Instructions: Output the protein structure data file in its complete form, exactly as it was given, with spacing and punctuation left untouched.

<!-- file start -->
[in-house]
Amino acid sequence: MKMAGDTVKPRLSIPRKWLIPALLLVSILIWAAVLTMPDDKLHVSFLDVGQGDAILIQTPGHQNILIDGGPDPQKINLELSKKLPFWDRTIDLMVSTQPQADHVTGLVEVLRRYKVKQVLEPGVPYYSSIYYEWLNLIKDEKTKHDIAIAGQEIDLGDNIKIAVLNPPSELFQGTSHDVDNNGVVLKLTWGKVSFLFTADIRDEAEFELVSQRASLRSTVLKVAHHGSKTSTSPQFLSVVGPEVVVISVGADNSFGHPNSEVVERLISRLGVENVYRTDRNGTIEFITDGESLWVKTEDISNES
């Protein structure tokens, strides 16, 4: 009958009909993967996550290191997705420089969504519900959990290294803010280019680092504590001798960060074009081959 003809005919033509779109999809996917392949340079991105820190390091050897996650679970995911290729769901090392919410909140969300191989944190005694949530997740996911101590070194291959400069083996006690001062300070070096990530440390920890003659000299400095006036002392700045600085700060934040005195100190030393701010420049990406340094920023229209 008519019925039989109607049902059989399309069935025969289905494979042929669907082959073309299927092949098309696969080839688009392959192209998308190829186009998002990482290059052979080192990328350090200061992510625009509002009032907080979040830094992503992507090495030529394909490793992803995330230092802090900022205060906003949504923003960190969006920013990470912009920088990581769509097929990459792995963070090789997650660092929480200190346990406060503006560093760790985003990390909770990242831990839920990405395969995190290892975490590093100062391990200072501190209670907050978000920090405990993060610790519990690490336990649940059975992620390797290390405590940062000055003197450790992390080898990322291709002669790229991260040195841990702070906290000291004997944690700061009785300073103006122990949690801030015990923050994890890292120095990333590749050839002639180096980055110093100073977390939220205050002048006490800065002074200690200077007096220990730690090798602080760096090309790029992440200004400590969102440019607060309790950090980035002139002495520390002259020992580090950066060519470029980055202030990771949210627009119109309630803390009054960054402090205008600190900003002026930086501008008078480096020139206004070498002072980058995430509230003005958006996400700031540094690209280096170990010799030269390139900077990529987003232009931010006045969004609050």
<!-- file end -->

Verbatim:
[in-house]
Amino acid sequence: MKMAGDTVKPRLSIPRKWLIPALLLVSILIWAAVLTMPDDKLHVSFLDVGQGDAILIQTPGHQNILIDGGPDPQKINLELSKKLPFWDRTIDLMVSTQPQADHVTGLVEVLRRYKVKQVLEPGVPYYSSIYYEWLNLIKDEKTKHDIAIAGQEIDLGDNIKIAVLNPPSELFQGTSHDVDNNGVVLKLTWGKVSFLFTADIRDEAEFELVSQRASLRSTVLKVAHHGSKTSTSPQFLSVVGPEVVVISVGADNSFGHPNSEVVERLISRLGVENVYRTDRNGTIEFITDGESLWVKTEDISNES
């Protein structure tokens, strides 16, 4: 009958009909993967996550290191997705420089969504519900959990290294803010280019680092504590001798960060074009081959 003809005919033509779109999809996917392949340079991105820190390091050897996650679970995911290729769901090392919410909140969300191989944190005694949530997740996911101590070194291959400069083996006690001062300070070096990530440390920890003659000299400095006036002392700045600085700060934040005195100190030393701010420049990406340094920023229209 008519019925039989109607049902059989399309069935025969289905494979042929669907082959073309299927092949098309696969080839688009392959192209998308190829186009998002990482290059052979080192990328350090200061992510625009509002009032907080979040830094992503992507090495030529394909490793992803995330230092802090900022205060906003949504923003960190969006920013990470912009920088990581769509097929990459792995963070090789997650660092929480200190346990406060503006560093760790985003990390909770990242831990839920990405395969995190290892975490590093100062391990200072501190209670907050978000920090405990993060610790519990690490336990649940059975992620390797290390405590940062000055003197450790992390080898990322291709002669790229991260040195841990702070906290000291004997944690700061009785300073103006122990949690801030015990923050994890890292120095990333590749050839002639180096980055110093100073977390939220205050002048006490800065002074200690200077007096220990730690090798602080760096090309790029992440200004400590969102440019607060309790950090980035002139002495520390002259020992580090950066060519470029980055202030990771949210627009119109309630803390009054960054402090205008600190900003002026930086501008008078480096020139206004070498002072980058995430509230003005958006996400700031540094690209280096170990010799030269390139900077990529987003232009931010006045969004609050």